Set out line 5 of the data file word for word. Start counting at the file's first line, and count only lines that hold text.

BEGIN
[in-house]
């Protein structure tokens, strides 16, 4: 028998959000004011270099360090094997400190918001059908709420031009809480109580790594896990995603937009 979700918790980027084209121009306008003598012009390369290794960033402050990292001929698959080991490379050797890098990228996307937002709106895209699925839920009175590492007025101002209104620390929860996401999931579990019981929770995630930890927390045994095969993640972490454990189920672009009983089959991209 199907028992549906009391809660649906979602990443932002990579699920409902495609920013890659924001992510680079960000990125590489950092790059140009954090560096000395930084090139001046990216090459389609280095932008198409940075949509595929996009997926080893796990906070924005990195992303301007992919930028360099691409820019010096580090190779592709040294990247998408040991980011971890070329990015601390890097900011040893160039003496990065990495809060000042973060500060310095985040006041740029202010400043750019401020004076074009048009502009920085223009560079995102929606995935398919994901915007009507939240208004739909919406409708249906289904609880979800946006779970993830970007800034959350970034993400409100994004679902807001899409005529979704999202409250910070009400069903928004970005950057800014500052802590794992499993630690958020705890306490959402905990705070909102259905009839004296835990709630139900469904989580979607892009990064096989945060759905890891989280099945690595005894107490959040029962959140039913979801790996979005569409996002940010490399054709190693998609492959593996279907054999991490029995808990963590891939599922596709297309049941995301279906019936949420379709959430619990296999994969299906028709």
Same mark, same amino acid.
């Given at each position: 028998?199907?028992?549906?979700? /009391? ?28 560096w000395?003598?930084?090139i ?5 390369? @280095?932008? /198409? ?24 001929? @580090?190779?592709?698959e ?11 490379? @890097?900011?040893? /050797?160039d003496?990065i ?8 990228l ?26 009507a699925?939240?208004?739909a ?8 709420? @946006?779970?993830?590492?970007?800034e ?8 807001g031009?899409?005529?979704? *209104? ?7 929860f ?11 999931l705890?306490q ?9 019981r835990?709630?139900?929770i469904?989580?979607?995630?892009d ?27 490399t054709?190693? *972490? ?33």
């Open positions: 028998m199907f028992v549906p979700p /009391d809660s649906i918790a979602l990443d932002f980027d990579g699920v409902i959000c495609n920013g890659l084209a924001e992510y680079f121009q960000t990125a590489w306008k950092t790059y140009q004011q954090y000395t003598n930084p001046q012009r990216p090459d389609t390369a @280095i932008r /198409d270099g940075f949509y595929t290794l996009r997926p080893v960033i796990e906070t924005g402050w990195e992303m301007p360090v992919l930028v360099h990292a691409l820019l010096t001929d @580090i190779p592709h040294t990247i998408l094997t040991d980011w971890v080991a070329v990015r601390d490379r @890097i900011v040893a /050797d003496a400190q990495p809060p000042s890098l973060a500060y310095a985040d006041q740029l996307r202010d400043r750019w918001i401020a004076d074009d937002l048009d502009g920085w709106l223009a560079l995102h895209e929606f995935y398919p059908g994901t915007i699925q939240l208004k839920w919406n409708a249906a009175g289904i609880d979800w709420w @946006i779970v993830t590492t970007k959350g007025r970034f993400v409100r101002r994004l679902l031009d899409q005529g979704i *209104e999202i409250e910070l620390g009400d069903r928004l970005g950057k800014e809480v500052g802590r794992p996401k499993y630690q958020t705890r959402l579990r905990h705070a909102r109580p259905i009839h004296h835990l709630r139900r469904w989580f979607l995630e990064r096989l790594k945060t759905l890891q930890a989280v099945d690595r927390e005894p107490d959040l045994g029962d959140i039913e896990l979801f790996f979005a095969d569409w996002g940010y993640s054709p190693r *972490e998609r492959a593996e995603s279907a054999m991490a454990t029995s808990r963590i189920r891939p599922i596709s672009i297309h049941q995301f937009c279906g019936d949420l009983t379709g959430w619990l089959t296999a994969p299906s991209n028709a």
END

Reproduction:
């Open positions: 028998m199907f028992v549906p979700p /009391d809660s649906i918790a979602l990443d932002f980027d990579g699920v409902i959000c495609n920013g890659l084209a924001e992510y680079f121009q960000t990125a590489w306008k950092t790059y140009q004011q954090y000395t003598n930084p001046q012009r990216p090459d389609t390369a @280095i932008r /198409d270099g940075f949509y595929t290794l996009r997926p080893v960033i796990e906070t924005g402050w990195e992303m301007p360090v992919l930028v360099h990292a691409l820019l010096t001929d @580090i190779p592709h040294t990247i998408l094997t040991d980011w971890v080991a070329v990015r601390d490379r @890097i900011v040893a /050797d003496a400190q990495p809060p000042s890098l973060a500060y310095a985040d006041q740029l996307r202010d400043r750019w918001i401020a004076d074009d937002l048009d502009g920085w709106l223009a560079l995102h895209e929606f995935y398919p059908g994901t915007i699925q939240l208004k839920w919406n409708a249906a009175g289904i609880d979800w709420w @946006i779970v993830t590492t970007k959350g007025r970034f993400v409100r101002r994004l679902l031009d899409q005529g979704i *209104e999202i409250e910070l620390g009400d069903r928004l970005g950057k800014e809480v500052g802590r794992p996401k499993y630690q958020t705890r959402l579990r905990h705070a909102r109580p259905i009839h004296h835990l709630r139900r469904w989580f979607l995630e990064r096989l790594k945060t759905l890891q930890a989280v099945d690595r927390e005894p107490d959040l045994g029962d959140i039913e896990l979801f790996f979005a095969d569409w996002g940010y993640s054709p190693r *972490e998609r492959a593996e995603s279907a054999m991490a454990t029995s808990r963590i189920r891939p599922i596709s672009i297309h049941q995301f937009c279906g019936d949420l009983t379709g959430w619990l089959t296999a994969p299906s991209n028709a």